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  • Series Editor's Preface / Carlos Rojas  vii
    Part I. Leaving Yanjin
    Chapter 1. 3
    Chapter 2. 10
    Chapter 3.  23
    Chapter 4.  35
    Chapter 5.  45
    Chapter 6. 54
    Chapter 7. 64
    Chapter 8. 78
    Chapter 9. 98
    Chapter 10. 116
    Chapter 11. 137
    Chapter 12. 160
    Chapter 13.  185
    Chapter 14.  202
    Part II. Returning to Yanjin
    Chapter 1.  227
    Chapter 2.  243
    Chapter 3.  254
    Chapter 4.  267
    Chapter 5.  277
    Chapter 6. 289
    Chapter 7.  306
    Chapter 8.  325
    Chapter 9.  339
    Chapter 10.  351
  • Carlos Rojas

  • "A chronicle of lives of quiet desperation lived half a world away, understated and thoughtful, cheerless without being morose."

    "Dense with dozens of interwoven narratives of living through pre- and post-Mao China, Liu's scathing and illuminating tome is highly recommended for internationally savvy fans of Mo Yan, Yu Hua, and Yan Lianke."

    Reviews

  • "A chronicle of lives of quiet desperation lived half a world away, understated and thoughtful, cheerless without being morose."

    "Dense with dozens of interwoven narratives of living through pre- and post-Mao China, Liu's scathing and illuminating tome is highly recommended for internationally savvy fans of Mo Yan, Yu Hua, and Yan Lianke."

  • “Liu Zhenyun’s work enjoys a unique position within the Chinese world, in that not only does he have many, many fans, his works have a distinctive artistic quality that has fascinated and entranced scholars for decades. Beyond their inherent humor and sagacity, his novels also offer a glimpse into the darkness and stillness that characterize the relationship between humans and the world. In this respect, Someone to Talk To is truly Liu’s masterpiece.” — Yan Lianke, author of, The Four Books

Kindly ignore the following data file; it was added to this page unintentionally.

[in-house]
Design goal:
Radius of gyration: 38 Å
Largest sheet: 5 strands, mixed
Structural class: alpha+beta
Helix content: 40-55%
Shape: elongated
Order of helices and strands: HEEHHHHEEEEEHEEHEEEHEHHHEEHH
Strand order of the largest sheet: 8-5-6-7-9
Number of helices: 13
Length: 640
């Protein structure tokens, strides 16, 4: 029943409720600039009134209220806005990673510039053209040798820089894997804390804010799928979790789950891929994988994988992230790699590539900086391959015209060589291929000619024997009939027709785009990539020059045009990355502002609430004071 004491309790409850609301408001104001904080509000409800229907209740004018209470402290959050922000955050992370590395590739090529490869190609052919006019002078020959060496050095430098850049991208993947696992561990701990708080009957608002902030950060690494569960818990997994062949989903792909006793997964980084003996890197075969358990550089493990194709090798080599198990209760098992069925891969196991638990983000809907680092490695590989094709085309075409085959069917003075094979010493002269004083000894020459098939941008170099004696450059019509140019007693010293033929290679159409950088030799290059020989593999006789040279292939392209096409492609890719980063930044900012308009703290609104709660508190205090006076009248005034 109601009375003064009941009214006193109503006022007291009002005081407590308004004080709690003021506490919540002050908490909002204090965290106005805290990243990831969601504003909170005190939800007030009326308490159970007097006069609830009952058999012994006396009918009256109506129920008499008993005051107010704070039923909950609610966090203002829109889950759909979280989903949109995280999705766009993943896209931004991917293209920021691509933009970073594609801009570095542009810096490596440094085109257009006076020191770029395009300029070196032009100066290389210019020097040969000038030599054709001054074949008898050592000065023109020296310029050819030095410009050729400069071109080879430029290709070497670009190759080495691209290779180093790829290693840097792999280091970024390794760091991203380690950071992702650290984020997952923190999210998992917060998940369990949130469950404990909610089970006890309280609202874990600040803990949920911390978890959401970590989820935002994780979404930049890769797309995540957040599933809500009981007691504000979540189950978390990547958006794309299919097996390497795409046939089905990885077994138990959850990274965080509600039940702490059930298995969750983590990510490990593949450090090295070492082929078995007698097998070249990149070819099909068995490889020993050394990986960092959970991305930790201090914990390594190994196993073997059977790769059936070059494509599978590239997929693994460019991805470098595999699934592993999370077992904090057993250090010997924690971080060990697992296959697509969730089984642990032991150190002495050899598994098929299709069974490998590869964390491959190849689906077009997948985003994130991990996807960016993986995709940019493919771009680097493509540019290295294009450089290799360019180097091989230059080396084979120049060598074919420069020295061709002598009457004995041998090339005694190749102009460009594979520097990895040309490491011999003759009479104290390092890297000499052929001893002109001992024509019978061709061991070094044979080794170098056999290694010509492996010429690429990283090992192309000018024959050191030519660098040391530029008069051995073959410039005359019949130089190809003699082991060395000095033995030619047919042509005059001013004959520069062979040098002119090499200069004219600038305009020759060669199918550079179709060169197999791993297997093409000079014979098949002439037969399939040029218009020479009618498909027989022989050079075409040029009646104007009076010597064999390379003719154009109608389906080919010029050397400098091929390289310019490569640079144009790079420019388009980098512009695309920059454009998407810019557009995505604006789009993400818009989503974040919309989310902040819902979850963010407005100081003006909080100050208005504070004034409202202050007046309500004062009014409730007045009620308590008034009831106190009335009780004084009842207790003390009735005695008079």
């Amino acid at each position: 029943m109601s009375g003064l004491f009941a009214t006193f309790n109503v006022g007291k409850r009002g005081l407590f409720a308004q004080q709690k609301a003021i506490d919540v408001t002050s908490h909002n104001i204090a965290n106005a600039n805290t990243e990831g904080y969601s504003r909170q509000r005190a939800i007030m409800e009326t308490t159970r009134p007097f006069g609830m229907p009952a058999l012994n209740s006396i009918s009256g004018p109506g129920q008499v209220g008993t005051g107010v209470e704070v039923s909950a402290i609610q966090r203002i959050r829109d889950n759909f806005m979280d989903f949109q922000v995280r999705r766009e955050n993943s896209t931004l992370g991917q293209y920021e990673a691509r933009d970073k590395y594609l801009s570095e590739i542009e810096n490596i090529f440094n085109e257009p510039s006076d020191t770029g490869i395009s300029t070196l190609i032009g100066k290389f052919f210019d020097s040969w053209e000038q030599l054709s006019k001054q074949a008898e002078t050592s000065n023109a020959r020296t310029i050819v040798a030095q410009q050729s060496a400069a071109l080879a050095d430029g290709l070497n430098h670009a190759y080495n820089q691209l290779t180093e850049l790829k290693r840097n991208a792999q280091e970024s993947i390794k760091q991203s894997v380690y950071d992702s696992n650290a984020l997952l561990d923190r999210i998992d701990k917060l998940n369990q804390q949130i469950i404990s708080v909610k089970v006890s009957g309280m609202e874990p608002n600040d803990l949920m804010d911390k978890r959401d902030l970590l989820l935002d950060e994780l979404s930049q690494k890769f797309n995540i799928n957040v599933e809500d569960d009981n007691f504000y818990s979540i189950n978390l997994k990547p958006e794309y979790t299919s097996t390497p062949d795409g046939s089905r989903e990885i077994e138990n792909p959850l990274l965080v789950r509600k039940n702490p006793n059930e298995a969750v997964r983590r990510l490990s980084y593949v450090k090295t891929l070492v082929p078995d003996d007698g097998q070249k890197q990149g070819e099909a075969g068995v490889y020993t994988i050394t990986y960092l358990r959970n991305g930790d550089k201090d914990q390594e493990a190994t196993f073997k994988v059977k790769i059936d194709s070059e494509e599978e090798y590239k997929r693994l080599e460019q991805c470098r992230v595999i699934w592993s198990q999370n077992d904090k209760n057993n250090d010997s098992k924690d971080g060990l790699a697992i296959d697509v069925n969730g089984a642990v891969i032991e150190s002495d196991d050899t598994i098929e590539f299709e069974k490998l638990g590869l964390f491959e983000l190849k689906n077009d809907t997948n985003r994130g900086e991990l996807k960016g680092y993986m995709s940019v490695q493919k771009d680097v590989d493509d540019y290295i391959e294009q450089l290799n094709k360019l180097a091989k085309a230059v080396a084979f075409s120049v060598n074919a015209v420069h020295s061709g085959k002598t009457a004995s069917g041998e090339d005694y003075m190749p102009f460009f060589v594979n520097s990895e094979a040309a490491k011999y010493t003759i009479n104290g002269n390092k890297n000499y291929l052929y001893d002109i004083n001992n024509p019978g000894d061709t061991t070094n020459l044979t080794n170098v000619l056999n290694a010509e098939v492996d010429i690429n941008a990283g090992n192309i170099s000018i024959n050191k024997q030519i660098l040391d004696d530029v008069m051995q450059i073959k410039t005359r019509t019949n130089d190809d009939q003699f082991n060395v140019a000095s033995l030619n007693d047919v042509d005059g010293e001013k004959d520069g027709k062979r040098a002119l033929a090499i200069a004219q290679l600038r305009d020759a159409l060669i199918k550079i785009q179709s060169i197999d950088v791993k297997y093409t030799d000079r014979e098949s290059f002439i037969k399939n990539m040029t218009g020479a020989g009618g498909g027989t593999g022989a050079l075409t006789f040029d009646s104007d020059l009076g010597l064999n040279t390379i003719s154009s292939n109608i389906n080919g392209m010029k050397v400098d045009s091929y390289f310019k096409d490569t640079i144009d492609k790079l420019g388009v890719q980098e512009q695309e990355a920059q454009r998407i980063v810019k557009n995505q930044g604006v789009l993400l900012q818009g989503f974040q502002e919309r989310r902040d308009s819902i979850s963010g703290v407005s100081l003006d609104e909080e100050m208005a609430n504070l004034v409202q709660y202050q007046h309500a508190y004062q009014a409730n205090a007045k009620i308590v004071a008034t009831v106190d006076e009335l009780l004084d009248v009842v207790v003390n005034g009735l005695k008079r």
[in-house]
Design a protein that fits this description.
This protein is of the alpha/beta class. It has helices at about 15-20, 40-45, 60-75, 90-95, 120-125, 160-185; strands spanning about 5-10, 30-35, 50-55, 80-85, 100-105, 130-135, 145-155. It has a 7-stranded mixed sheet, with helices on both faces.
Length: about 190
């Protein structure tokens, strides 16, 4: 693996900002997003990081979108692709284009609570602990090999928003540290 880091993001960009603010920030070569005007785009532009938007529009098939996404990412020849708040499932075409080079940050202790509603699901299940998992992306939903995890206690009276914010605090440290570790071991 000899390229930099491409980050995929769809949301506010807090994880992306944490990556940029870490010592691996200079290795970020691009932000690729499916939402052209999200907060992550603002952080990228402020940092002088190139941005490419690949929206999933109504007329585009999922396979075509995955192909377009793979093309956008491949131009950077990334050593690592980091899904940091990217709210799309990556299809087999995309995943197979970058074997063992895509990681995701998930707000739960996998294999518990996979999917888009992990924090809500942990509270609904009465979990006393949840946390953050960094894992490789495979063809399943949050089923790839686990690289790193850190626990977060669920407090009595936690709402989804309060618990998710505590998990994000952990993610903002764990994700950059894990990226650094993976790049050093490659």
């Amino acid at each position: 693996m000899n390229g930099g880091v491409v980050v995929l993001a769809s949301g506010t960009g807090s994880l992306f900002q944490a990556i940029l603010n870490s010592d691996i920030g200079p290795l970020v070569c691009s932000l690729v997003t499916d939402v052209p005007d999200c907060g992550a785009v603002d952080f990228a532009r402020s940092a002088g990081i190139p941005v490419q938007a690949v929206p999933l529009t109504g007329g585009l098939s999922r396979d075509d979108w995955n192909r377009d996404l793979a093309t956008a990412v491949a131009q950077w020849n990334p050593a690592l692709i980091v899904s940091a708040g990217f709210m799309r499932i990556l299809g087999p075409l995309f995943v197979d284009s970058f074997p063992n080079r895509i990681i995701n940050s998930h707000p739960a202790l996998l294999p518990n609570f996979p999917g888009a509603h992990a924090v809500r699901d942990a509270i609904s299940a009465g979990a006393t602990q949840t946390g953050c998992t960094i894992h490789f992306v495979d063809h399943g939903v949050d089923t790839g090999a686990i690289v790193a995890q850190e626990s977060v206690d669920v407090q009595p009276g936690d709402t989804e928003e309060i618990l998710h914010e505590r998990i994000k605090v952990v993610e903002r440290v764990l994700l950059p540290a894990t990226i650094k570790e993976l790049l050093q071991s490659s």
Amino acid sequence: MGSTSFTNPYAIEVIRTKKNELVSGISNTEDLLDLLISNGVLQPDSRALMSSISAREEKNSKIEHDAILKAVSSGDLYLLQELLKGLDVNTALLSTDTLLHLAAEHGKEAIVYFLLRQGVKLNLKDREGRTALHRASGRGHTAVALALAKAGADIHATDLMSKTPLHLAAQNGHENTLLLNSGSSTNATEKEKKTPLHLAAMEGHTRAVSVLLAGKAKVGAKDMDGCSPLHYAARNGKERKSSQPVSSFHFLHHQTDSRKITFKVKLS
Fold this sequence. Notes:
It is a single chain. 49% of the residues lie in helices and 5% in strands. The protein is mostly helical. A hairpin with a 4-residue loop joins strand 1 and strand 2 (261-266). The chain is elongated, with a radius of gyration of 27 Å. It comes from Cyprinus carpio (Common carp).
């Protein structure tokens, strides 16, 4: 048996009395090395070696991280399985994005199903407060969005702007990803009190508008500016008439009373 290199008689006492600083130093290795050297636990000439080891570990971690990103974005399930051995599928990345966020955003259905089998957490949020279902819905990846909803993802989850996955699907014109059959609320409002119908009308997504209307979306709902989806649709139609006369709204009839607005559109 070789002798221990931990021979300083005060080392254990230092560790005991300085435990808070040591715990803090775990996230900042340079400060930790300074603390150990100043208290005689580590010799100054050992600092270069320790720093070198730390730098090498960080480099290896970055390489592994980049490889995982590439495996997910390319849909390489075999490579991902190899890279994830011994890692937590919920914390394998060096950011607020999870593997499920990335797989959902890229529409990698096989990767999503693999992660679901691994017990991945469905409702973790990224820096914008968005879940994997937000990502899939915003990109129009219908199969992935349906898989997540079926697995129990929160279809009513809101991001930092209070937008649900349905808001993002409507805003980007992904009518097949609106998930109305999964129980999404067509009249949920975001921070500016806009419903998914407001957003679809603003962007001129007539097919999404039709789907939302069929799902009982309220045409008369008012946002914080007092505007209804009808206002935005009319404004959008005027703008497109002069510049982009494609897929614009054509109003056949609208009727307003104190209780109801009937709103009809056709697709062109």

“Very rarely does one encounter a novel from contemporary China that transcends the mere story, however spectacular or unheard of, and wrestles so deeply and intimately with the structural truth and secrecy of the way things are. A stunning display of the mimetic power of language and narrative, and through masterful arrangement of sentences seeking and connecting with each other, Someone to Talk To invites all of us to rethink the meaning of realism and, for that matter, of literature as such.” — Xudong Zhang, author of, Postsocialism and Cultural Politics: China in the Last Decade of the Twentieth Century

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  • Description

    Tofu peddler Yang Baishun is a man of few words and few friends. Unable to find meaningful companionship, he settles for a marriage of convenience. When his wife leaves him for another man he is left to care for his five-year-old stepdaughter Qiaoling, who is subsequently kidnapped, never to be seen by Yang again. Seventy years later we find Niu Aiguo, who, like Yang, struggles to connect with other people. As Niu begins learning about his recently deceased mother’s murky past it becomes clear that Qiaoling is the mysterious bond that links Yang and Niu. Originally published in China in 2009 and appearing in English for the first time, Liu Zhenyun’s award-winning Someone to Talk To highlights the contours of everyday life in pre- and post-Mao China, where regular people struggle to make a living and establish homes and families. Meditating on connection and loneliness, community and family, Someone to Talk To traces the unexpected and far-reaching ramifications of seemingly inconsequential actions, while reminding us all of the importance of communication.

    About The Author(s)

    Liu Zhenyun is the author of over a dozen novels, including I Did Not Kill My Husband and The Cook, the Crook, and the Real Estate Tycoon.

    Howard Goldblatt is a translator of dozens of works of Chinese literature, including those of Nobel Prize winner Mo Yan.

    Sylvia Li-Chun Lin is an award-winning translator of Chinese literature.
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